It’s been a lot of years ago, but we remember it well — sitting in our living room in McLean, Virginia, talking with a group of friends about the preschool-aged kids we all had at the time, and about what kind of preschool we should enroll them in.
The Washington, D.C, area was a hotbed for early academics, and we had all received ads and circulars and fliers touting various preschools — all of them promising to teach our 3- and 4-year-olds to read, or to do math, or to develop good study habits — all based on the assumption that the best thing parents could do for these little kids was to give them an academic head start, to make sure they were the smartest kids in their kindergarten class when they started school in a couple of years.
I remember one particular advertisement that came in our mail that started, “Want to get your child into Harvard? Better get on our waiting list now!” It was an ad for a preschool that apparently had managed to get address lists from the maternity ward of the local hospital. Our baby was 3 weeks old when the ad showed up in our mailbox. So, before they turn a month old, start preparing them for college, right?
Well, we weren’t so sure. We weren’t sure it was wise to push kids too hard too soon. We weren’t sure that little kids didn’t deserve a real childhood where play was the main thing, not academic learning. And we weren’t too sure that we wanted to give up our own precious time with these little ones by sending them off to school too early. Oh, and one more thing, we also weren’t sure we could handle the exorbitant cost of some of these hot-shot commercial preschools which seemed to think we could afford Ivy League tuition right now!
So, we brainstormed about it, we and these good friends who had little kids the same age as ours. We asked ourselves what was the most important thing we could give our children at this age — what was the most important thing they could learn during these enormously formative preschool years. And the answer we came up with was a bit unique and a bit surprising.
We decided that the most important thing we could give these fresh little souls was happiness, and we decided that the most important thing we could teach them was joy. We all agreed that helping them be happy was more important at this stage than helping them be smart, and we felt that the happier and more secure they were when they started kindergarten, the better they would do and the faster they would learn.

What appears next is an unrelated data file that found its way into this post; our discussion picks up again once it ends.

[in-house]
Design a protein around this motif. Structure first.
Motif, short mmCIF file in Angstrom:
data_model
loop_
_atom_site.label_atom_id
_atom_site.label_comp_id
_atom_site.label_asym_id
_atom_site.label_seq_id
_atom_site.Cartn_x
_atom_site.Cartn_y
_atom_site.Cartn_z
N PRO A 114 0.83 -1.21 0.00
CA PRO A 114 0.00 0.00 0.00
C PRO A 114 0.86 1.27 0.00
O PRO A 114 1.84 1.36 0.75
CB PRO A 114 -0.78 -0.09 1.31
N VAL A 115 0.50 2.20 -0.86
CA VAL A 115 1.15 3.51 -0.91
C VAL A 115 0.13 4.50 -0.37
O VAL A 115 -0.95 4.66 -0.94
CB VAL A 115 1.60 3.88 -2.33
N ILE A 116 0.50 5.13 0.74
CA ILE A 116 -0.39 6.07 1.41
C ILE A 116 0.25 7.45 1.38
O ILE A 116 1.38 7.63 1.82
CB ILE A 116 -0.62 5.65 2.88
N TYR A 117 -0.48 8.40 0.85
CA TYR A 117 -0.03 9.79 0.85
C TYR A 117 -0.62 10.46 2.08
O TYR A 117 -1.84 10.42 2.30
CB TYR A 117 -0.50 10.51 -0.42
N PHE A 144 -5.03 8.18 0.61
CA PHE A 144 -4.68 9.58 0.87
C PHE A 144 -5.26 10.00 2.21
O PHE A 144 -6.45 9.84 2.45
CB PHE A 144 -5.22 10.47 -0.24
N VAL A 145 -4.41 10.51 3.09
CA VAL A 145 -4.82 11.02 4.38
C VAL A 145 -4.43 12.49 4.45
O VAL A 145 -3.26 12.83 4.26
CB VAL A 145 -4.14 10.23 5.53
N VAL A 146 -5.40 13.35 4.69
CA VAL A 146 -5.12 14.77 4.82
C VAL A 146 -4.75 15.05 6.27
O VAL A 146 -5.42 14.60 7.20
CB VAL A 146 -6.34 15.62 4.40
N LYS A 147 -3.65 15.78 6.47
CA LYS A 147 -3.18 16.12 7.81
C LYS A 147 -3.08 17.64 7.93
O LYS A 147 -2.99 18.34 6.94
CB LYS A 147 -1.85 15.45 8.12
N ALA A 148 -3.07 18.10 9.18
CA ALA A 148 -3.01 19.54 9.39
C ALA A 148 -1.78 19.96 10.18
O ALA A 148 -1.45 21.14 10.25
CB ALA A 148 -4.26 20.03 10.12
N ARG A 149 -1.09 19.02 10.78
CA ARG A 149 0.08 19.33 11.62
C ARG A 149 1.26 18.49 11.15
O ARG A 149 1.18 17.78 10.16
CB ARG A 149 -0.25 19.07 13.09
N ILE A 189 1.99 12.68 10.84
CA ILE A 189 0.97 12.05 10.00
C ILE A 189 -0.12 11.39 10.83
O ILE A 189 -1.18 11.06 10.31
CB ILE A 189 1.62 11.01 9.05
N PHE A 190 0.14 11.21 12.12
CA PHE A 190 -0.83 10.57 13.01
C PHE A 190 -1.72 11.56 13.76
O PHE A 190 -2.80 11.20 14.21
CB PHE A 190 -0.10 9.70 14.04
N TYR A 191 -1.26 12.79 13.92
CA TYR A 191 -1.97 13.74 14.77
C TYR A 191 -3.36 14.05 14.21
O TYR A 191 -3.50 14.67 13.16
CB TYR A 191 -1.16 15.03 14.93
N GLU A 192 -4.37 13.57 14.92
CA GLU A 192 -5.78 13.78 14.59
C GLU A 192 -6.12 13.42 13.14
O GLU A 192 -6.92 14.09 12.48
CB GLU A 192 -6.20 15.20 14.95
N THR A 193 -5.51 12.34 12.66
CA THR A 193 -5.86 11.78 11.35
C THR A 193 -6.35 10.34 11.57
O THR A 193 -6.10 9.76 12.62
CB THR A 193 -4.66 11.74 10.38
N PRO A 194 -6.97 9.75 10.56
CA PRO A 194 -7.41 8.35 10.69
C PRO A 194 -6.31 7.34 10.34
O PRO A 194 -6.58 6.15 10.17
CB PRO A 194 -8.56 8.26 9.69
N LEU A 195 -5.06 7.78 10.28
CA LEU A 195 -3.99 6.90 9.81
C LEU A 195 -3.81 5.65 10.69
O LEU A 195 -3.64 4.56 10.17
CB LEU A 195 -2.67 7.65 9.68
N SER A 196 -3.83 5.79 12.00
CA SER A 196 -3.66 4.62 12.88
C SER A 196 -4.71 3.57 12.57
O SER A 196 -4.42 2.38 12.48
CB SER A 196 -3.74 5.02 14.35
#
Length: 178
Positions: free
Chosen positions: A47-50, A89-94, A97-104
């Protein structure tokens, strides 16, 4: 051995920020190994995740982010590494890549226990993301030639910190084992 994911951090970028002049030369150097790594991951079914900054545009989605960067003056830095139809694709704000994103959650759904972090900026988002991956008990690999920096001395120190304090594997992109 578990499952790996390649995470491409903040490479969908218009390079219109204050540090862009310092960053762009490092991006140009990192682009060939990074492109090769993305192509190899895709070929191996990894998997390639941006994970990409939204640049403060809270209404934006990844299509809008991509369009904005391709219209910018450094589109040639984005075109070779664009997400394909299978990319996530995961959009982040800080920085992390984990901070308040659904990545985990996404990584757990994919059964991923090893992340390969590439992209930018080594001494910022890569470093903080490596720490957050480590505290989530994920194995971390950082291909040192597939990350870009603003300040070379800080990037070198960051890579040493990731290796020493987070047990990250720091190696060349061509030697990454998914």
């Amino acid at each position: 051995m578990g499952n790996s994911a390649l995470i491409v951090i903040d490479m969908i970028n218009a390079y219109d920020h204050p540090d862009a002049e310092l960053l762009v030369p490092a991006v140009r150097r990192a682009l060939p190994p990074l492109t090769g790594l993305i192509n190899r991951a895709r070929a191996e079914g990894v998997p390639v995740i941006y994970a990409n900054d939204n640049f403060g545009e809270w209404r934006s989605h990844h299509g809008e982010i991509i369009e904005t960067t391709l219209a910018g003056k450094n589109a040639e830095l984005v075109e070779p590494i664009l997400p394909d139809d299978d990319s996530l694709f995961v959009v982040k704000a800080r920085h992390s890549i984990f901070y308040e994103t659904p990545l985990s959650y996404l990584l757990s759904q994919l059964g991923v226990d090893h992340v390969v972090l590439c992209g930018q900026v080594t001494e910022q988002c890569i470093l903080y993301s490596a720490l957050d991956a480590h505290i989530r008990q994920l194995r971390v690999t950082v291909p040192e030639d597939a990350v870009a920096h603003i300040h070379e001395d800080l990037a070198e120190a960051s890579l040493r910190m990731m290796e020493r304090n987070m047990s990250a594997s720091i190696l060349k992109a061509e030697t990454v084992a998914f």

It seemed a bit pie-in-the-sky at first. I mean, can you really teach happiness? And how would you go about it? But the more we worked on the thought, the more realistic it became. We realized that happiness, or joy as we preferred to call it, could be subdivided into its various types. There were the social joys of friendliness and kindness and sharing and service; the physical joys of the body and the earth; the mental joys of imagination and creativity and of setting and accomplishing a simple goal; the emotional joys of spontaneous delight and of calmness and peacefulness; and the spiritual joys of simple faith and gratitude.
The more we thought about it, the more intrigued we became.
We talked to kindergarten and first-grade teachers who told us they disliked getting kids who were so far ahead because they were bored and less excited to learn; and that other kids who were socially and emotionally well-adjusted quickly caught up and often passed the kids who had a lot of academics as preschoolers. A little “kindergarten readiness,” they told us, like knowing letters and numbers, is a good thing, but being way ahead of everyone else is not.
Mostly just to collect our ideas and to clarify our own personal philosophy of parenting, we started writing about methods for teaching the various “joys” to small children. Friends and neighbors helped, and before we knew it, we had compiled a book that was a parent’s guide for teaching and reinforcing happiness. Deseret Book published "Teaching Your Children Joy" as one of their first books with their new Shadow Mountain imprint and it was later published by Random House and became a best-seller. About that time, were called to serve a mission for The Church of Jesus Christ of Latter-day Saints in London, and Richard's wonderful mother, Ruth Eyre, an early education specialist, took our book and fashioned it into a complete preschool curriculum, and Joy Schools were born.
Since that time, more than 200,000 families have created neighborhood Joy Schools, sharing the costs of hard-copy lesson plans and cassette tapes with moms rotating as teacher. Today, more widespread than ever, Joy School families simply download their materials electronically at JoySchools.com, and it seems now that wherever we speak in the world, there are Joy School moms in the audience.
But this is not a column about Joy Schools, it is a column about the philosophy of giving kids the gift of a real childhood and of teaching them the awareness and appreciation and character qualities and joys that will prepare them socially and emotionally for school. When they have this — when they start kindergarten happy and secure and in tune with themselves and their world — the academics will come quickly and naturally, and they will be ready for it.
As New York Times No. 1 best-selling authors, the Eyres have now written 50 books and speak throughout the world on families and life-balance. For additional information, see www.valuesparenting.com or www.TheEyres.com.